In a letter to the Commission dated October 3, 1941, Mrs. Ring requested that her claim for compensation on account of pulmonary tuberculosis filed in 1928 be amended so as to permit her to obtain compensation and medical treatment as the result of arthritic condition which she alleges resulted from an accident in 1927.


Since it did not appear that Mrs. Ring had filed written notice of the alleged back injury or claim for compensation within 1 year from the date thereof, as required by the mandatory provisions of sections 15 to 20, inclusive, of the Federal Employees' Compensation Act of September 7, 1916, the Commission was without authority of law to consider the merits of any claim she might file for compensation for disability resulting from a 1927 injury, and she was so advised by letter dated October 31, 1941.

The proposed measure is apparently designed to waive in favor of Mrs. Ring the bar of the time limitations contained in sections 15 to 20, inclusive, of the Federal Employees' Compensation Act of September 7, 1916, on account of injuries she is alleged to have sustained to her back during the winter months of 1927-28, and to leave the Commission free to determine the merits of Mrs. Ring's claim, if filed not later than 60 days after the date of the enactment of the bill, and to afford her such measure of relief as the facts when established may show her to be entitled to under the Compensation Act.

In view of the foregoing, the Commission makes no recommendation as to the advisability of the enactment of the bill, H. R. 2846.

This report has been submitted to the Bureau of the Budget pursuant to Budget Circular 390 dated June 1, 1942; and has been returned with the advice that there would be no objection to the submission thereof to the House committee for its consideration. Very truly yours,





FEBRUARY 13, 1945.—Committed to the Committee of the Whole House and

ordered to be printed

Mr. JENNINGS, from the Committee on Claims, submitted the



(To accompany H. R. 952)

The Committee on Claims, to whom was referred the bill (H. R. 952) for the relief of the Morgan Creamery Co., having considered the same, report favorably thereon without amendment and recommend that the bill do pass.

A similar bill was favorably reported by this committee in the Seventy-eighth Congress.

The facts will be found fully set forth in House Report No. 1973, of the Seventy-eight Congress, which is appended hereto and made a part of this report.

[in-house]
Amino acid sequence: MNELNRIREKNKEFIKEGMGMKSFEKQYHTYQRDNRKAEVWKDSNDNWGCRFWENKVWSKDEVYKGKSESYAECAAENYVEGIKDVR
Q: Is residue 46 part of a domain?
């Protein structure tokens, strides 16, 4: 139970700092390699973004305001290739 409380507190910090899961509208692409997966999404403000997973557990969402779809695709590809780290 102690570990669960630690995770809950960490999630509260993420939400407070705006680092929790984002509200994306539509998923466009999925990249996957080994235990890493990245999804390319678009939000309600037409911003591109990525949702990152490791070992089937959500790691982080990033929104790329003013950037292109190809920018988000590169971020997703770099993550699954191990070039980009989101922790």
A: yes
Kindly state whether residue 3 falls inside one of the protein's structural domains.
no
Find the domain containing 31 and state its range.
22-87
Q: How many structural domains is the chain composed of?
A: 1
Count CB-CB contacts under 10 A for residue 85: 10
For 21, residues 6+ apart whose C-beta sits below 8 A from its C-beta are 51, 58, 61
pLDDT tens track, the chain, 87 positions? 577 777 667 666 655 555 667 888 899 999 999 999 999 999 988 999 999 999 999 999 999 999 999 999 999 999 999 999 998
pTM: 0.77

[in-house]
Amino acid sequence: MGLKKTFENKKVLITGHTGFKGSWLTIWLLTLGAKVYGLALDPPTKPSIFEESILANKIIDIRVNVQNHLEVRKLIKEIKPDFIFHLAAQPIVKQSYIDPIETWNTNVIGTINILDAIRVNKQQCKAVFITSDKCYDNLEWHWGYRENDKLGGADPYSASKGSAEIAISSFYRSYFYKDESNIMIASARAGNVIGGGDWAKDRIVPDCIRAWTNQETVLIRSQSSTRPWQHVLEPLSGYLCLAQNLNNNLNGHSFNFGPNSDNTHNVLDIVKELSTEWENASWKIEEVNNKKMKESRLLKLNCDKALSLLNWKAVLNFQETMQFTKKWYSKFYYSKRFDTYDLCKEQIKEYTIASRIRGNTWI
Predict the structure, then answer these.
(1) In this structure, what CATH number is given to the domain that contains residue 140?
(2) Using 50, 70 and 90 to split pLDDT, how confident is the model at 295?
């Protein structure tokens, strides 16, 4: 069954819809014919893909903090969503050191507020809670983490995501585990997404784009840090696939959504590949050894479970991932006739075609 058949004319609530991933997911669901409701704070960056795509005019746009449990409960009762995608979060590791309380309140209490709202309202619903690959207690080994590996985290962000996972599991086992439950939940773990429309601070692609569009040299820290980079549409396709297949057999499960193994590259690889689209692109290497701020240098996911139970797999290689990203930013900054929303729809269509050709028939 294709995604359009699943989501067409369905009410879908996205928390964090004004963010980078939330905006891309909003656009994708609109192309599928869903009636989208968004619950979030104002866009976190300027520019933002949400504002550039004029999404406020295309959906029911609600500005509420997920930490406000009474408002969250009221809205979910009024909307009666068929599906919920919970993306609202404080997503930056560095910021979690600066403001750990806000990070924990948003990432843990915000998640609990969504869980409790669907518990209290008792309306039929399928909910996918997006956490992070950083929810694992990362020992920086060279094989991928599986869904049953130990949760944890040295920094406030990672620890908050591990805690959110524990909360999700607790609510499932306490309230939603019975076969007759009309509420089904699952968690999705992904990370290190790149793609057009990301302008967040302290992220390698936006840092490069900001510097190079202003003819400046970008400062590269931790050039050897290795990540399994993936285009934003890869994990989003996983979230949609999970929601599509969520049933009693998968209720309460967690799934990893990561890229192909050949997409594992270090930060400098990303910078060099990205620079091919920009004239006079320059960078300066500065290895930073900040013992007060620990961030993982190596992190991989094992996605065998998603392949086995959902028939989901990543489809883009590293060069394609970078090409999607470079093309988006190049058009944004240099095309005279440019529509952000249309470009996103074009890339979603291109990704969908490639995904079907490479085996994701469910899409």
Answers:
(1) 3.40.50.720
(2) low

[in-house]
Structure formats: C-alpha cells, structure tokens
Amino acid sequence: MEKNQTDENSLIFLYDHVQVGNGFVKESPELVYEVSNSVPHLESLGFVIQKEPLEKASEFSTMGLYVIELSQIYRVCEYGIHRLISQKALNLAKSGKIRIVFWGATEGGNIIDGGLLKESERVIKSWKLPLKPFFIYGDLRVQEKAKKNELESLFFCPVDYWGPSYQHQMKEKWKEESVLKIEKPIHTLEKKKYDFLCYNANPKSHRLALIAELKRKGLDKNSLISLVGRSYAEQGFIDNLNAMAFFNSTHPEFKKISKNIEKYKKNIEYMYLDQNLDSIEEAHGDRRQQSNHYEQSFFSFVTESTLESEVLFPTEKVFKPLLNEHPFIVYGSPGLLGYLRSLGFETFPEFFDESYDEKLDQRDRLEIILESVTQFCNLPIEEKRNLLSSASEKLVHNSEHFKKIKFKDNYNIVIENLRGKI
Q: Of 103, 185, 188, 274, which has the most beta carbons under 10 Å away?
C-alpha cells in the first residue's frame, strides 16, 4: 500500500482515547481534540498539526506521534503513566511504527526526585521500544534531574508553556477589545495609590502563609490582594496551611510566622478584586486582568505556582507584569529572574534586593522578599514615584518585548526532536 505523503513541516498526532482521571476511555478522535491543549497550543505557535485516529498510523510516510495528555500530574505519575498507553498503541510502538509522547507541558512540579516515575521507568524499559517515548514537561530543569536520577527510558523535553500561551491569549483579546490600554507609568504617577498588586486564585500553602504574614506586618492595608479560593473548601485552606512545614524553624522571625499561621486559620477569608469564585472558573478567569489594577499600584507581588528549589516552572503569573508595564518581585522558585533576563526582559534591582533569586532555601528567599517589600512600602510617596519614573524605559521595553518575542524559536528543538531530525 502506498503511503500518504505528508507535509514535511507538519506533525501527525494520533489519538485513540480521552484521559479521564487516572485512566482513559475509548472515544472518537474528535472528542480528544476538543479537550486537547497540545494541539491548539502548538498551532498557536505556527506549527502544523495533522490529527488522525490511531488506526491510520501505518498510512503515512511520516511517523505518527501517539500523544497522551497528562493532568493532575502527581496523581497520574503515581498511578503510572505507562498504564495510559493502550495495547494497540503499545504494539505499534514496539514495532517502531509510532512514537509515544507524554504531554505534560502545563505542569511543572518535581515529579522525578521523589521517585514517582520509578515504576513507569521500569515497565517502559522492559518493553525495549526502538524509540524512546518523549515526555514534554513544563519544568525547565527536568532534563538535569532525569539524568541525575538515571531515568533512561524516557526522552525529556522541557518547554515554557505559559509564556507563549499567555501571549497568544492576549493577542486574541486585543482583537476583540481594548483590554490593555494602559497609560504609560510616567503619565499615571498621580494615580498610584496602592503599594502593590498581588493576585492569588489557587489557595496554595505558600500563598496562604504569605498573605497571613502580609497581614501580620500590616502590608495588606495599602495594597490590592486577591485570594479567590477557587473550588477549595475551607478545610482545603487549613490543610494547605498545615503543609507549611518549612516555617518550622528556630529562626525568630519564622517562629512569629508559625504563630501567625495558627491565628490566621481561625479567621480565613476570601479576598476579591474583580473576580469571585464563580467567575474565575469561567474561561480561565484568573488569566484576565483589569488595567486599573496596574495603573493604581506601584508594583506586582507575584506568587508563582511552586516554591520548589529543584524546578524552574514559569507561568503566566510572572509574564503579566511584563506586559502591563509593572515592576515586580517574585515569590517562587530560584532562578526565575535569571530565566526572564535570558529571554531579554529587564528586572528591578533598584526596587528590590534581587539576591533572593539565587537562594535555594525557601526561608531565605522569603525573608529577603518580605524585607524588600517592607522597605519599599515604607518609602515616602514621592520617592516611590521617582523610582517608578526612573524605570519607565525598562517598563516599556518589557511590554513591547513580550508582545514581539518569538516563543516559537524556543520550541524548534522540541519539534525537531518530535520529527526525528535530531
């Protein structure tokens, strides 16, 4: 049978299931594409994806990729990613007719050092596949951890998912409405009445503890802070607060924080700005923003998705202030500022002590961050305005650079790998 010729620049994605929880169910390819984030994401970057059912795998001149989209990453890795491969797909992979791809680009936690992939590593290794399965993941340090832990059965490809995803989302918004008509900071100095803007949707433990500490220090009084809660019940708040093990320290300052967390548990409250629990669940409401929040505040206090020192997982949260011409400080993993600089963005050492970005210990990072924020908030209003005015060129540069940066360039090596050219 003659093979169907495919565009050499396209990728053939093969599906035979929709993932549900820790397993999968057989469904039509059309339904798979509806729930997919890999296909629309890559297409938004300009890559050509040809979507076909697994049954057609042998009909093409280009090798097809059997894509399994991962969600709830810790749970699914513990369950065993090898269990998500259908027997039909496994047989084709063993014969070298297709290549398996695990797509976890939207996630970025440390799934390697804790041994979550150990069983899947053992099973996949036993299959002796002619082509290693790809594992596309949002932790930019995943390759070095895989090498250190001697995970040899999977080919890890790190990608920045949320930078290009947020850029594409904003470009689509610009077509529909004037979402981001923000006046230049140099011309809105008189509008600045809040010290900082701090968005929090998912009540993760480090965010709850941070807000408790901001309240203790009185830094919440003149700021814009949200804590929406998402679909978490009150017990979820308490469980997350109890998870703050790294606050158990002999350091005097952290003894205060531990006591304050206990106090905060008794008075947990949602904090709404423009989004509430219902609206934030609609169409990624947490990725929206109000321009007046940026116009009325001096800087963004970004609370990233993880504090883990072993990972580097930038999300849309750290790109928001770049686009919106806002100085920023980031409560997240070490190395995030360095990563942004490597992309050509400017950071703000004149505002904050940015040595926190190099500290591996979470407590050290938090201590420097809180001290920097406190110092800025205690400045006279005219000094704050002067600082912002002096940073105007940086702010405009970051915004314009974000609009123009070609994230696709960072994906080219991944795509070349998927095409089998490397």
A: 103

(H. Rept. No. 1973, 78th Cong., 2d sess.) The purpose of the proposed legislation is to appropriate the sum of $920.64 to the Morgan Creamery Co., of Fargo, N. Dak., in full settlement of all claims against the United States as part of the excess cost alleged to have been incurred by the United States by reason of the failure of the Morgan Creamery Co. to perform under contract No. VA37r-935, entered into on June 25, 1942, with the United States Veterans Administration to deliver fresh milk, cream, buttermilk, and cottage cheese to the Veterans Administration facility, Fargo, N. Dak., during the fiscal year ended June 30, 1943.


It appears from the records that the Morgan Creamery Co. entered into a contract with the Veterans Administration at Fargo, N. Dak., to furnish milk, cottage cheese, buttermilk, and cream for the fiscal year ended June 30, 1943. It also appears that the Morgan Creamery Co. fulfilled this contract up to and including September 30, 1942, when he notified all his customers, including the manager of the Veterans Administration facility at Fargo that he was closing his creamery plant as of September 30, 1942, because of a labor shortage in the community. However, for a period of 30 days thereafter, or during the month of October 1942, deliveries were made by the contractor through the Fairmont Creamery Co.

H. Repts., 79--1, vol. 1-36


In a statement dated November 30, 1943. Maxwell Morgan, proprietor of the Morgan Creamery Co., states:

"I. Maxwell Morgan, former proprietor of the Morgan Creamery Co., at 301 First Avenue North, Fargo. N. Dak., being first duly sworn, state that before I discontinued delivery of dairy products to my customers, including the facilities of the Veterans' Administration at Fargo, N. Dak., I contacted the facility, and their supply officer assured me that a written notice sent 30 days before deliveries ceased would release me from my contract.